Rally against CAB, 2016
Protest rally against CAB, 2016 in Kohima on Thursday. Image credit - Northeast Now

The Joint Committee on Prevention of Illegal Immigration (JCPI) and the Northeast Forum for Indigenous People (NEFIP) took out a protest march against the Citizenship (Amendment) Bill, 2016 on Thursday.

The march was part of the regional protest against the Bill as per the decision of the 1st NEFIP central executive council meeting held in Kohima recently.

The march began at Badminton Stadium, Raj Bhavan Road, Kohima and culminated at the official residence of Nagaland chief minister Neiphiu Rio.

The protesters submitted a memorandum to the chief minister urging him to take up with the central leadership to withdraw the contentious Bill in the interest of peace and harmony in Northeast by respecting the sentiments of the people in the region in general and Nagaland in particular.

Also read: CAB soon; refugees will have right to elect, become India’s PM: Amit Shah

The memorandum referred to a letter addressed to Prime Minister Narendra Modi on August 9 to bring the issue, raised in it, to the chief minister’s notice.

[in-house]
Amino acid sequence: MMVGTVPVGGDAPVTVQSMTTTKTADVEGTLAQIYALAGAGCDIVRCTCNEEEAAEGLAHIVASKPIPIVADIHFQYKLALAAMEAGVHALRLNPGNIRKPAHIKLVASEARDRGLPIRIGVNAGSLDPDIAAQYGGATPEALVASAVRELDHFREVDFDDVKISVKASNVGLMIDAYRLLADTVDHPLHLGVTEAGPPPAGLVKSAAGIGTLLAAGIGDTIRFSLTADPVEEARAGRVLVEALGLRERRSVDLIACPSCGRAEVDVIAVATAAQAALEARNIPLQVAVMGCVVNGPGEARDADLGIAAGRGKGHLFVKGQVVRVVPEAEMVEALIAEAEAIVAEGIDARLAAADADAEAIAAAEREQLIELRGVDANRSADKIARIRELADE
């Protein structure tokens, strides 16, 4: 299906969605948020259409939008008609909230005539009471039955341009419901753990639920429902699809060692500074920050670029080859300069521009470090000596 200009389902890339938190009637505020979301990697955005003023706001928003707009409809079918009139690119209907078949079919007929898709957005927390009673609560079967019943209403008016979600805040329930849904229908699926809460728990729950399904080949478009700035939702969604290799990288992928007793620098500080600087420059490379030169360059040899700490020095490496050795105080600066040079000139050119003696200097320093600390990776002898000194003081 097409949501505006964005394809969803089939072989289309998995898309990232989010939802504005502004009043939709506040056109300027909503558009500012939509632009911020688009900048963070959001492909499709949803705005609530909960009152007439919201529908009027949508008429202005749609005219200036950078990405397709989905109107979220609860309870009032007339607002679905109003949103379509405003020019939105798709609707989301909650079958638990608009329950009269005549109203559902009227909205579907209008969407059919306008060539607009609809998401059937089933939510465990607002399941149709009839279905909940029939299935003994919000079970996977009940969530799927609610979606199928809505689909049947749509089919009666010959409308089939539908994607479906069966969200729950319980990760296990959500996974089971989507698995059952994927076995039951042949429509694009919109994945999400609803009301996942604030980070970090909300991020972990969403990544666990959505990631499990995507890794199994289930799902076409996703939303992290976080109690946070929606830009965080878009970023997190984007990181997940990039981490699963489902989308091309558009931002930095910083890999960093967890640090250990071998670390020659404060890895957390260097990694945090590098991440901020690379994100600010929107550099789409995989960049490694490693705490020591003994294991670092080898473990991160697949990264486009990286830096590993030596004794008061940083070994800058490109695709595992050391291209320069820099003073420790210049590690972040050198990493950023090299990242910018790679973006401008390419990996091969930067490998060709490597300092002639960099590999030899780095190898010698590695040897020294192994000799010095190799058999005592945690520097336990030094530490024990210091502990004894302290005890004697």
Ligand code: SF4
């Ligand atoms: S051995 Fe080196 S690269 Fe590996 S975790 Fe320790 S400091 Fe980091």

Saying that the Bill continues to hang over as a Damocles’ sword on all the indigenous people of the northeastern region, the memorandum requested the chief minister that the confidence reposed on him may not be infringed and the will of the people of the state may be fully endorsed and met on the issue.

“Violence had erupted on this issue in the region a number of times and as responsible citizens, we do not want violence to happen again,” it said.

The two organisations also made a sincere request to the chief minister to keep in the loop any action initiated by him in this regard so that the people and the elected leaders go side by side on this issue.

The Citizenship (Amendment) Bill was passed in the Lok Sabha on January 8, 2019 after it was introduced by then union home minister Rajnath Singh.

However, the Bill lapsed in the Rajya Sabha.

If the Bill is passed in the Parliament, illegal migrants from minority communities like Hindu, Sikh, Buddhist, Jain, Parsi or Christian coming from neighbouring countries including Afghanistan, Bangladesh and Pakistan will then be eligible for Indian citizenship, excluding people from the Muslim community.

Despite protests against the Bill in the Northeast, BJP president and union home minister Amit Shah vows to bring it again and get passed in the Parliament.

Bhadra Gogoi is Northeast Now Correspondent in Nagaland. He can be reached at: bhadragogoi@yahoo.com

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